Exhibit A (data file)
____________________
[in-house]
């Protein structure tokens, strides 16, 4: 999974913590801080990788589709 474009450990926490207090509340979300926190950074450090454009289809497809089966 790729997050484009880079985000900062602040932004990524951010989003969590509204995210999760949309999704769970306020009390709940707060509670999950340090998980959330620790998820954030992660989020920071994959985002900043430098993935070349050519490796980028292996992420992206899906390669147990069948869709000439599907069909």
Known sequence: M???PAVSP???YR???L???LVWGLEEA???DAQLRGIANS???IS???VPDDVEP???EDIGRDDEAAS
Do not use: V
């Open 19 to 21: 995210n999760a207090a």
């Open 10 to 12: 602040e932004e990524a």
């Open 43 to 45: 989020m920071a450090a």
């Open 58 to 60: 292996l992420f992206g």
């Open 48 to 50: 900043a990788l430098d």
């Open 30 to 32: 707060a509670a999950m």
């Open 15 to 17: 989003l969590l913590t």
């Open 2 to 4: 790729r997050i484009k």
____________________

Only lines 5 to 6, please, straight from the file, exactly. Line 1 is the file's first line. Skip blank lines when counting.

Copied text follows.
């Open 19 to 21: 995210n999760a207090a």
């Open 10 to 12: 602040e932004e990524a």